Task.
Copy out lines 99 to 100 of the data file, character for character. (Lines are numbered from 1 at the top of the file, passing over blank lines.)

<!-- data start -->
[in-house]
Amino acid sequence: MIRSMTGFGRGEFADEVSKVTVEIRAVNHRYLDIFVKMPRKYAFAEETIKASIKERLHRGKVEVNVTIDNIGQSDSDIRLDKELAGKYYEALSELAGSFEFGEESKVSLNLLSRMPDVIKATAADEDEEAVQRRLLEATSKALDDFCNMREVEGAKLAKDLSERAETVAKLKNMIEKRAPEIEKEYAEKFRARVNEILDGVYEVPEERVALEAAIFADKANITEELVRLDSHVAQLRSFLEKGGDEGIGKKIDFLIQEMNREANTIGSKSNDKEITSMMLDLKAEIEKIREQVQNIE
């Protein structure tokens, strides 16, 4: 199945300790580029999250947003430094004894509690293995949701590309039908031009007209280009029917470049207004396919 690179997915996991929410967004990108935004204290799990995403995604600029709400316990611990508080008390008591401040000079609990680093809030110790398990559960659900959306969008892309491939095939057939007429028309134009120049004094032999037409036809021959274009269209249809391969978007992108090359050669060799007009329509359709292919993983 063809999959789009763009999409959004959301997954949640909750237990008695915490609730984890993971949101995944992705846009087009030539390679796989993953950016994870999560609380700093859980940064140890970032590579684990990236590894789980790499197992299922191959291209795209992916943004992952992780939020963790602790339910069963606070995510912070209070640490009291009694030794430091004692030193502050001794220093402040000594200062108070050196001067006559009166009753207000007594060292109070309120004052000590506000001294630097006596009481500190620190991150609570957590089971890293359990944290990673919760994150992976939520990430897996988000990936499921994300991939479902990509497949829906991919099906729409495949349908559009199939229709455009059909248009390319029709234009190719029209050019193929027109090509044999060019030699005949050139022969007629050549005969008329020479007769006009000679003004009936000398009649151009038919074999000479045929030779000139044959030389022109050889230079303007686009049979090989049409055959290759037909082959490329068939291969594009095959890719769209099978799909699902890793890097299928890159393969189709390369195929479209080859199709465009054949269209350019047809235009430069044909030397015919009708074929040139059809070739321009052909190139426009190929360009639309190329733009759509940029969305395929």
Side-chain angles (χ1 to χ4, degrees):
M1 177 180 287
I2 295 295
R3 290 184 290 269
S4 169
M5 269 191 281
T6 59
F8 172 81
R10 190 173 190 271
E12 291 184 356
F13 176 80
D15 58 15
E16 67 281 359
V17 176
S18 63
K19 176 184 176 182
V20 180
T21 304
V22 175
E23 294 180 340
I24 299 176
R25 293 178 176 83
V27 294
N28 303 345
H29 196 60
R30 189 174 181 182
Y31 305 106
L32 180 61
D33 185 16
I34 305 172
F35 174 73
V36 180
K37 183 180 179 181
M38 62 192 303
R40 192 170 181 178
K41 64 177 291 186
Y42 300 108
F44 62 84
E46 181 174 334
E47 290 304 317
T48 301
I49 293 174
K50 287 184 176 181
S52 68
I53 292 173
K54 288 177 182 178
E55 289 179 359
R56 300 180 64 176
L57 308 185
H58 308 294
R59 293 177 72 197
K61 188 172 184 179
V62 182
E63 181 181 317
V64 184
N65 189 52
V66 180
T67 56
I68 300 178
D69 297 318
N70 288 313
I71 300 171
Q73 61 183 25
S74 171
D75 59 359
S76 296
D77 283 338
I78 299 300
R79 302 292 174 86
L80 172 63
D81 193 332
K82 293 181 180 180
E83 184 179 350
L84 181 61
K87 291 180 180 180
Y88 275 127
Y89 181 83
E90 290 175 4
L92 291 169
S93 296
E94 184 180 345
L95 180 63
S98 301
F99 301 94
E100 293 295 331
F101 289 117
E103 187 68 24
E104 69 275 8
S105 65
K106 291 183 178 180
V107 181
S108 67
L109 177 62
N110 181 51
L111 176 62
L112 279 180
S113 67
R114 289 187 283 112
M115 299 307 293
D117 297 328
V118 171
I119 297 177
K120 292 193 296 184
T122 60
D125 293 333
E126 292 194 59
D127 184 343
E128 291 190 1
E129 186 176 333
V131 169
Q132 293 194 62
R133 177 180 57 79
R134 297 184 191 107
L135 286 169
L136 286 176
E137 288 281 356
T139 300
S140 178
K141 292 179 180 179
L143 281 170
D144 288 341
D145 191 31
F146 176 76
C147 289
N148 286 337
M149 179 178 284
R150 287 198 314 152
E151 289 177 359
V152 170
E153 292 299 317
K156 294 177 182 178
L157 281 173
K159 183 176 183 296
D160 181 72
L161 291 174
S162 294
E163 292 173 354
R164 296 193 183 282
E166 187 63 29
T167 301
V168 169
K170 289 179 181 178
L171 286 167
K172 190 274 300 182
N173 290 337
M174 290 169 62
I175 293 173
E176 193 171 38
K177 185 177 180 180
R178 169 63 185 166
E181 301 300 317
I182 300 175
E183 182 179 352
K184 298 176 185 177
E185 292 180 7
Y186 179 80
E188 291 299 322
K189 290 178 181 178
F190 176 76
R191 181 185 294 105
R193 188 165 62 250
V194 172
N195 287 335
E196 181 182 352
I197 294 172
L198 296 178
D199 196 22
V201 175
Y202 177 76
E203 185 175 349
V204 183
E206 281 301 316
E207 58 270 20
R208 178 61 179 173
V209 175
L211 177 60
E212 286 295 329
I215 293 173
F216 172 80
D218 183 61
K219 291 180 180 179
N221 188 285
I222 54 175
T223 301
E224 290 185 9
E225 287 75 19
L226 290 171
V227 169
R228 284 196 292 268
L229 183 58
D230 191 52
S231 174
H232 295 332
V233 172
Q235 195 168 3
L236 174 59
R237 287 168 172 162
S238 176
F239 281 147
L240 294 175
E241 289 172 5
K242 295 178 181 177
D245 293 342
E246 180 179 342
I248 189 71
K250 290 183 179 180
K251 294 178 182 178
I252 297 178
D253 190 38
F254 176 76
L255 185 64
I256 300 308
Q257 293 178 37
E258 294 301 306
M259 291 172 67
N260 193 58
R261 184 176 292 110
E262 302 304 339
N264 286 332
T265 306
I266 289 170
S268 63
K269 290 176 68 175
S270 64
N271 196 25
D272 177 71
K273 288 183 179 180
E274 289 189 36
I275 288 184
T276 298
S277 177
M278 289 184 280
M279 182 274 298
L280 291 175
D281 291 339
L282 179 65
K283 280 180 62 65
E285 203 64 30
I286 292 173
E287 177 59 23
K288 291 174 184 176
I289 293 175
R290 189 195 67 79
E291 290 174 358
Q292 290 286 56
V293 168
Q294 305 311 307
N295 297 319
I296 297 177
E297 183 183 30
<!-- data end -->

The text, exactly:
L112 279 180
S113 67